Tips for taking kids turkey hunting

The two gobblers stood head to head in the plowed field. They purred aggressively as they positioned themselves for the fight. With a flapping of wings, they wrapped their long ugly necks around each other and kicked up the dust as they collapsed.

I picked up my 4-Play box call and cut really loud. The toms stopped fighting and started running to the sound of the vocal hen. “Let them come,” I whispered to Spencer, my second son-in-law. “Shoot the big one,” advised Caleb, my son and Spencer’s half-brother. Caleb had killed a 23-pound gobbler two hours before this fight broke out.

Twenty paces away, Spencer ended the run, the fight, and his chase with a single blow. A second 23-pound spring gobbler lined up for our stove, and as Spencer’s 21-pound bird companion circled his collapsing buddy, I filled my tag by adding gobbler number three to this incredible morning.

There are few things more fun and rewarding than sharing a successful turkey hunt with a young hunter, especially if that young hunter is one of your own. However, there are some do’s and don’ts when it comes to guiding a youngster on a spring turkey hunt. I would like to take a few minutes to discuss these issues today.

Not to do

Let’s first look at some things to avoid that make spring turkey hunting unpleasant for children. The first deterrent is the alarm clock. Opening day may not be a factor, but if it takes several days to get your young hunter closer to a gobbler, a better plan to start later in the morning might be your best bet.

You need to locate a strut area in the late morning and build a natural blind. Let your protected sleep until 7 a.m. or even 8 a.m. Get into position between 9:00 a.m. and 10:00 a.m. and let your lures and calls do the work. As turkey hunting veterans, we know that late morning toms can be very aggressive and give a youngster a real chill. This method will help prevent “sleepy hunter burnout.”

Don’t sit your new hunter under an acacia tree or in a multi-floral bush. Please take a comfortable seat and take a few extra seconds to ensure they are not sitting in an awkward or awkward position. Also remember that your shooter is much smaller than you; make sure they are seated high enough to see and hit their target when it arrives.

My final “don’t” tip is to not expect too much from a young hunter. Their pace and fun should be at the top of your priority list. If packing a 25-pound tom with an 11-inch beard is the only way to measure success, then take your child to the zoo. Fun is the name of this game, and you do whatever it takes to make this experience fun for them. If that includes an hour-long nap right at flight time, then let it be. We must seize every opportunity to make children fall in love with hunting.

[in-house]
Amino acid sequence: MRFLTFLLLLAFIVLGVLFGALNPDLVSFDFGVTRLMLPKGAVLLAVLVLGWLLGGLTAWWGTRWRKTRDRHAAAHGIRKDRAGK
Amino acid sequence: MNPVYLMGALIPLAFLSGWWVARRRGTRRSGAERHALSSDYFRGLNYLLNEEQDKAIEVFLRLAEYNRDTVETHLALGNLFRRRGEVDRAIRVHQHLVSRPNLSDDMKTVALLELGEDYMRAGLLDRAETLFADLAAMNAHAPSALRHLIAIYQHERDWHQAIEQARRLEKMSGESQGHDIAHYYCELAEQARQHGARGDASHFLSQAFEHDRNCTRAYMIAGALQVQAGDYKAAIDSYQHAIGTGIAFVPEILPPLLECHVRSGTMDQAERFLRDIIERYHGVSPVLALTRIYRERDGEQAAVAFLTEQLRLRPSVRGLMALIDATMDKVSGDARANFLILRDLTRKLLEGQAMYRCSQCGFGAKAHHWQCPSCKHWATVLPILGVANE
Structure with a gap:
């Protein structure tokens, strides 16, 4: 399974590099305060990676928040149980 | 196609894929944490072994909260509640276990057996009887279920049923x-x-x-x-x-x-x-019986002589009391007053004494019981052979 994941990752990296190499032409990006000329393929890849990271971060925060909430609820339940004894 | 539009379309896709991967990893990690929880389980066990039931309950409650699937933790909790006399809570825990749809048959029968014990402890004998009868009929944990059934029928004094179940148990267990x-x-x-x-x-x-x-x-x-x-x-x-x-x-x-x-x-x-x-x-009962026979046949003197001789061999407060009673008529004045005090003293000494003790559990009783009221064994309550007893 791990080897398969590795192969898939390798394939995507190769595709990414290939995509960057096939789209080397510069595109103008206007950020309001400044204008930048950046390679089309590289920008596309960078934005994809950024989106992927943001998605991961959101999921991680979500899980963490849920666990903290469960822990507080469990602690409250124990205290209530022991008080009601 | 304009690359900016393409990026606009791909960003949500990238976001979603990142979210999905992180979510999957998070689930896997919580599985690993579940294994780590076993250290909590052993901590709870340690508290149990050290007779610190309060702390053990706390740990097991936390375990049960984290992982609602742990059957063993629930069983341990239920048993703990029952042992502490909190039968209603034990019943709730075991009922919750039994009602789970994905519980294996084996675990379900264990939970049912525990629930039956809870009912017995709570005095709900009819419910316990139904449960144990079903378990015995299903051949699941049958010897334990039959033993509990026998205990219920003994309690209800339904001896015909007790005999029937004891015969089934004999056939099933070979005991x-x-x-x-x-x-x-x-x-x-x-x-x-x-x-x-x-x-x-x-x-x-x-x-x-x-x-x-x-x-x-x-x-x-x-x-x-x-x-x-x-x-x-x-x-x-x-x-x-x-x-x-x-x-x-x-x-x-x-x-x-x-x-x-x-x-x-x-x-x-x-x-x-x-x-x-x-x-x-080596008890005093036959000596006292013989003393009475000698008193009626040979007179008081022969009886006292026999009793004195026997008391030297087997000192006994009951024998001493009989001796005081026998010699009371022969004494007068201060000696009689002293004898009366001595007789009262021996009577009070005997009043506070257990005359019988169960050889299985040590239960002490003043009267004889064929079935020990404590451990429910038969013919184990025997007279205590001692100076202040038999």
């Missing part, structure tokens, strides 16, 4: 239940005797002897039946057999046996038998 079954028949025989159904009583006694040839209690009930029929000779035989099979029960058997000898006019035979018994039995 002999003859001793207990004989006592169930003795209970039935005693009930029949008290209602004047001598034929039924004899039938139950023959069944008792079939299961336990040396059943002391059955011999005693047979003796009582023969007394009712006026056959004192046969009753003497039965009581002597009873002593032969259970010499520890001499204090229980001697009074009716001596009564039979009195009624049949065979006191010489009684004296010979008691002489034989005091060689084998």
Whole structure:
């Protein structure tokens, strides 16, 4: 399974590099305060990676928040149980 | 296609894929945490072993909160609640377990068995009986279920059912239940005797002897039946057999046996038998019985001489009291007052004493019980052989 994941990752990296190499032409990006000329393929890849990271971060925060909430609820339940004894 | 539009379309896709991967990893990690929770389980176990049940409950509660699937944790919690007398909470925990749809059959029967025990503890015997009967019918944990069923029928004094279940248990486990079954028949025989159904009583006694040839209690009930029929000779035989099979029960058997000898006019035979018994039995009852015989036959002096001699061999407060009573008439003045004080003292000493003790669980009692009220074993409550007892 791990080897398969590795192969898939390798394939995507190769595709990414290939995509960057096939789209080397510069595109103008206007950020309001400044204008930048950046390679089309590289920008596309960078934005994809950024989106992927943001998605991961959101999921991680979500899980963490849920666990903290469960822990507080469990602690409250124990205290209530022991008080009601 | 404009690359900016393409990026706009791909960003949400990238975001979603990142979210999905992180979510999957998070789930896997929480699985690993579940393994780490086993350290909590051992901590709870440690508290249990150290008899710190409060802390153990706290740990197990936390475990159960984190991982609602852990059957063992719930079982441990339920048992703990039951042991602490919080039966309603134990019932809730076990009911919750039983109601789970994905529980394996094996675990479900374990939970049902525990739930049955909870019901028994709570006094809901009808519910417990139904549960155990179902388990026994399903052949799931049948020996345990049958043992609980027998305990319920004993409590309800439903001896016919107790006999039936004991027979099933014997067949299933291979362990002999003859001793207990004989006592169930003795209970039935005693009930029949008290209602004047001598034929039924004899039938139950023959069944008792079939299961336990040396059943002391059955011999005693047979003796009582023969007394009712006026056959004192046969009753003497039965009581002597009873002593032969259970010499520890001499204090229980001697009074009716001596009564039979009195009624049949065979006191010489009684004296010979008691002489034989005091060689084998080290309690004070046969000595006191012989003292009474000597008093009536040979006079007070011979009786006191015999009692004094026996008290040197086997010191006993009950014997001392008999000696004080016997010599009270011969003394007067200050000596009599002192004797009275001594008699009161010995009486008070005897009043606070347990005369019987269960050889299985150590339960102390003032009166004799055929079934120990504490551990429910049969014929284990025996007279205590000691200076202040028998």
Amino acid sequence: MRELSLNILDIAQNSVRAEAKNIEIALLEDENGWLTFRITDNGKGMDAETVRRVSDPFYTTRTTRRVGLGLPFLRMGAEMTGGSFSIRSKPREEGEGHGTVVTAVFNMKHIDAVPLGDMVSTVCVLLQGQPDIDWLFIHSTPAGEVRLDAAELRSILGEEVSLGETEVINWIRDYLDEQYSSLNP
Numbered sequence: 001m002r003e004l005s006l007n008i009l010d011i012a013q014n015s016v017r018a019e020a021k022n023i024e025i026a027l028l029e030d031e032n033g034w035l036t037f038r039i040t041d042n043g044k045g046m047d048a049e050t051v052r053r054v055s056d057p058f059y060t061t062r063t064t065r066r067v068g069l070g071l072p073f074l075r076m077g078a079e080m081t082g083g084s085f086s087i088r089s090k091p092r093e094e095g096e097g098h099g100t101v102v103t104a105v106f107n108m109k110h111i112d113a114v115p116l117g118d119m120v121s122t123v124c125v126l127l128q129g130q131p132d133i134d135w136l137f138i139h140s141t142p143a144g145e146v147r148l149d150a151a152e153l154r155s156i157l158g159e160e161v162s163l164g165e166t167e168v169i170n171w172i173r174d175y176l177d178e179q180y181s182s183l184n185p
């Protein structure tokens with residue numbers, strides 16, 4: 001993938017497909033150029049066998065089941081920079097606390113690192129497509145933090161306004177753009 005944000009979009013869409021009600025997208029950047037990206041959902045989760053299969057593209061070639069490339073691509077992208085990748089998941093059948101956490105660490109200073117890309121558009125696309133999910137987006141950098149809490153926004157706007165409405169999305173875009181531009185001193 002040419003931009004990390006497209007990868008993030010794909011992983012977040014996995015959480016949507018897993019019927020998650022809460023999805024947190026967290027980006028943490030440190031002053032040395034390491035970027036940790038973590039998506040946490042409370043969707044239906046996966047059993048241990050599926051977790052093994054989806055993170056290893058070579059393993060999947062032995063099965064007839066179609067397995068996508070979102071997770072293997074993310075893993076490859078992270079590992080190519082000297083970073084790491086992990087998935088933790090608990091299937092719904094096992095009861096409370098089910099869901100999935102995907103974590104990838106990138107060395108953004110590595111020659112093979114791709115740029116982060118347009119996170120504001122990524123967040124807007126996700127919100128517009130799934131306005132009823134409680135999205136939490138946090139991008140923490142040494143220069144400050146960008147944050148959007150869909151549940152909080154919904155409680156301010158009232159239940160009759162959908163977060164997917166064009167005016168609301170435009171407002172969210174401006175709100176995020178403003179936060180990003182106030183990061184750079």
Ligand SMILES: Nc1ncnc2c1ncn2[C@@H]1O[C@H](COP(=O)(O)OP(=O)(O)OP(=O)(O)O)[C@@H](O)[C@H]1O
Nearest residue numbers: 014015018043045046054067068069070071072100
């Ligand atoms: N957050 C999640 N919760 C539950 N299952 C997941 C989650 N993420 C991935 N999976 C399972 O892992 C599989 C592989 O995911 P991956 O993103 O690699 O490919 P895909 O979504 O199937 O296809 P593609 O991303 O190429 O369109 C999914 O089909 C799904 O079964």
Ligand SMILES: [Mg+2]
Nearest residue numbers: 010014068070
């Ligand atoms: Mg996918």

Spencer Dietrich, along with Mike and Caleb Roux, had a hell of a morning as Mike showed his boys the fun and excitement of the spring turkey hunt. (Photo by John Caldwell)

To do

Now, for some things, be sure to do when the kid, the gun, and the gobbler all come in the same morning. First of all, insect repellent is a must. There’s nothing that gets me sick faster than scratching bug bites while waiting for the perfect shot. Children are worse; they look for reasons to fuss, and insects are their best excuse. Spray everyone well and hope they stay seated.

A good tip anytime you are taking a child away from the comforts of home is to pack plenty of snacks and drinks. Even if you only drive a few minutes to hunt and don’t plan to be out more than a few hours, snacks will make the kids’ day and keep them in the field longer by providing them with a few comforts.

Sometimes a spring hunt can be hot. If you’re in a fabricated blind and/or wearing a head net, the heat can be sweltering. Keep your child cool by building natural cover shades, which are more open and airy, and use camo face paint instead of netting. Face painting can be the best fun you have all day.

I can also recommend pretty much the opposite on good days. Often the spring weather can be cool and wet. That doesn’t mean the gobblers go inside, but you sure can. These are days when a manufactured awning is perfect for warmth and keeping you dry. On a bad day, the right awning can give you many more hours of comfortable hunting, and every minute you can stay in the field increases your chances of filling both their tag and your stove.

These easy-to-understand tips are just a few of the things we can do to help pass on the tradition of spring turkey hunting to the next generation. We have to thank those who have guided us through this process. The best thank you we can give is to ensure that our children learn to appreciate what the Good Lord has given us and to manage these resources properly. Hunting is one of these means.